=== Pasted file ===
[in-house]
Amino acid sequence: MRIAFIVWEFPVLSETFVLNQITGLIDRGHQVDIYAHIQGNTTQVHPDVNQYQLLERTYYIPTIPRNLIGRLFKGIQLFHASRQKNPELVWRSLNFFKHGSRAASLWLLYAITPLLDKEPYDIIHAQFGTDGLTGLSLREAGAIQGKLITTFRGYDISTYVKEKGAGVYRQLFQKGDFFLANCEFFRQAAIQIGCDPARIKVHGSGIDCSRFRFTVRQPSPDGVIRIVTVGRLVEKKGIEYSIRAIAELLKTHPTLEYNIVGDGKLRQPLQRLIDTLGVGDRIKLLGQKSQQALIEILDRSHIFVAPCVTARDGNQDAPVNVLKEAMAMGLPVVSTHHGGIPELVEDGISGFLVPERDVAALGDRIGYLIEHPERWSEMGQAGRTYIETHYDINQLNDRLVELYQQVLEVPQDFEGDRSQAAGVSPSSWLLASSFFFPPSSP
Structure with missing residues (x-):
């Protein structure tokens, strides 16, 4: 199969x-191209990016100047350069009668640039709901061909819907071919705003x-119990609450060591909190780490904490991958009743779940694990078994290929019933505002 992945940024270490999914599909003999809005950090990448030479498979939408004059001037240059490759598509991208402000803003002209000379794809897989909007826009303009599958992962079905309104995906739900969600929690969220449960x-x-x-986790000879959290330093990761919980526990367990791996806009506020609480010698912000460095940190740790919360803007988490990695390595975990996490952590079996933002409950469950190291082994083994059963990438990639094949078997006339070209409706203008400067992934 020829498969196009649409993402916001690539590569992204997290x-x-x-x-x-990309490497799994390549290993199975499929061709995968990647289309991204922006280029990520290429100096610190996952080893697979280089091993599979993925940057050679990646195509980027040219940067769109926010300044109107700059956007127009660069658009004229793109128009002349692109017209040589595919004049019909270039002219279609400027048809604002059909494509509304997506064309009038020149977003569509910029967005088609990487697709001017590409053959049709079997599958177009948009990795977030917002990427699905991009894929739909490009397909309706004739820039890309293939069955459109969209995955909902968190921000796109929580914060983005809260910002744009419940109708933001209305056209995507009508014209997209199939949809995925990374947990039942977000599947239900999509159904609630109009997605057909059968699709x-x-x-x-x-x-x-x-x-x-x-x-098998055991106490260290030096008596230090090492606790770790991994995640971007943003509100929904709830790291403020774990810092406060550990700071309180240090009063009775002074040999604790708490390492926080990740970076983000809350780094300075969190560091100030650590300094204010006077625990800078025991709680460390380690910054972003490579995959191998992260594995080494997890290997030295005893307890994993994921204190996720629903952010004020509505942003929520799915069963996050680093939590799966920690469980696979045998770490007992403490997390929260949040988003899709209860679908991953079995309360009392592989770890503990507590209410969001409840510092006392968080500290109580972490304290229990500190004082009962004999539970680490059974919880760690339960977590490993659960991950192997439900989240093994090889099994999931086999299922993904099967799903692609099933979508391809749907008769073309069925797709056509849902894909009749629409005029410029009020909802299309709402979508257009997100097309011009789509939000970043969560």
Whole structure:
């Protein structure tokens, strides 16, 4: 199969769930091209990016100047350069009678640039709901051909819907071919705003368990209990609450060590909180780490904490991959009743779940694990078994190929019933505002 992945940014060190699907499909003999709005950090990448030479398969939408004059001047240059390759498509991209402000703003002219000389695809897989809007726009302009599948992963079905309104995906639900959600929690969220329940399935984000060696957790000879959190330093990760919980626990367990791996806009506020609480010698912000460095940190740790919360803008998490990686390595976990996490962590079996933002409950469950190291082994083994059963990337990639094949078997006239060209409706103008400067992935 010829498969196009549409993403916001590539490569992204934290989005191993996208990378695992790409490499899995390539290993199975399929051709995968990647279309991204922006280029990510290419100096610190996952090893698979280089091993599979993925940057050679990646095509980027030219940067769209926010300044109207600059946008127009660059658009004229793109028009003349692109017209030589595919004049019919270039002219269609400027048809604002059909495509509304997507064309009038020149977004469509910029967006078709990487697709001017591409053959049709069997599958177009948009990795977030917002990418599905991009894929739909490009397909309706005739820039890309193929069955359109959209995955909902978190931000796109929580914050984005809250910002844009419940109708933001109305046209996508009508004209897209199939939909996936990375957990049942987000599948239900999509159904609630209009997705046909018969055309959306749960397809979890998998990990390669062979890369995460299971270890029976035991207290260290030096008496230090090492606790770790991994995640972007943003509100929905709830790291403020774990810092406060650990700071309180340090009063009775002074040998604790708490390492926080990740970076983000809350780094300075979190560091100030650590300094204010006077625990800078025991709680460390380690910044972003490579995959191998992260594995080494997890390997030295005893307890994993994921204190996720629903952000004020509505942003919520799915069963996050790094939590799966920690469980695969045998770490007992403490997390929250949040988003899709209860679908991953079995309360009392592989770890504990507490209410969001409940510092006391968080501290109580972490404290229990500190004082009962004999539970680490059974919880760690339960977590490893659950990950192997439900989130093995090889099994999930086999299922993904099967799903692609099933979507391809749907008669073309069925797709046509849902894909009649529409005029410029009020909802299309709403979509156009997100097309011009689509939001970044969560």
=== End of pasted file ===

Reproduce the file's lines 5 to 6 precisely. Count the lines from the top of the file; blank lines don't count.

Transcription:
Whole structure:
């Protein structure tokens, strides 16, 4: 199969769930091209990016100047350069009678640039709901051909819907071919705003368990209990609450060590909180780490904490991959009743779940694990078994190929019933505002 992945940014060190699907499909003999709005950090990448030479398969939408004059001047240059390759498509991209402000703003002219000389695809897989809007726009302009599948992963079905309104995906639900959600929690969220329940399935984000060696957790000879959190330093990760919980626990367990791996806009506020609480010698912000460095940190740790919360803008998490990686390595976990996490962590079996933002409950469950190291082994083994059963990337990639094949078997006239060209409706103008400067992935 010829498969196009549409993403916001590539490569992204934290989005191993996208990378695992790409490499899995390539290993199975399929051709995968990647279309991204922006280029990510290419100096610190996952090893698979280089091993599979993925940057050679990646095509980027030219940067769209926010300044109207600059946008127009660059658009004229793109028009003349692109017209030589595919004049019919270039002219269609400027048809604002059909495509509304997507064309009038020149977004469509910029967006078709990487697709001017591409053959049709069997599958177009948009990795977030917002990418599905991009894929739909490009397909309706005739820039890309193929069955359109959209995955909902978190931000796109929580914050984005809250910002844009419940109708933001109305046209996508009508004209897209199939939909996936990375957990049942987000599948239900999509159904609630209009997705046909018969055309959306749960397809979890998998990990390669062979890369995460299971270890029976035991207290260290030096008496230090090492606790770790991994995640972007943003509100929905709830790291403020774990810092406060650990700071309180340090009063009775002074040998604790708490390492926080990740970076983000809350780094300075979190560091100030650590300094204010006077625990800078025991709680460390380690910044972003490579995959191998992260594995080494997890390997030295005893307890994993994921204190996720629903952000004020509505942003919520799915069963996050790094939590799966920690469980695969045998770490007992403490997390929250949040988003899709209860679908991953079995309360009392592989770890504990507490209410969001409940510092006391968080501290109580972490404290229990500190004082009962004999539970680490059974919880760690339960977590490893659950990950192997439900989130093995090889099994999930086999299922993904099967799903692609099933979507391809749907008669073309069925797709046509849902894909009649529409005029410029009020909802299309709403979509156009997100097309011009689509939001970044969560």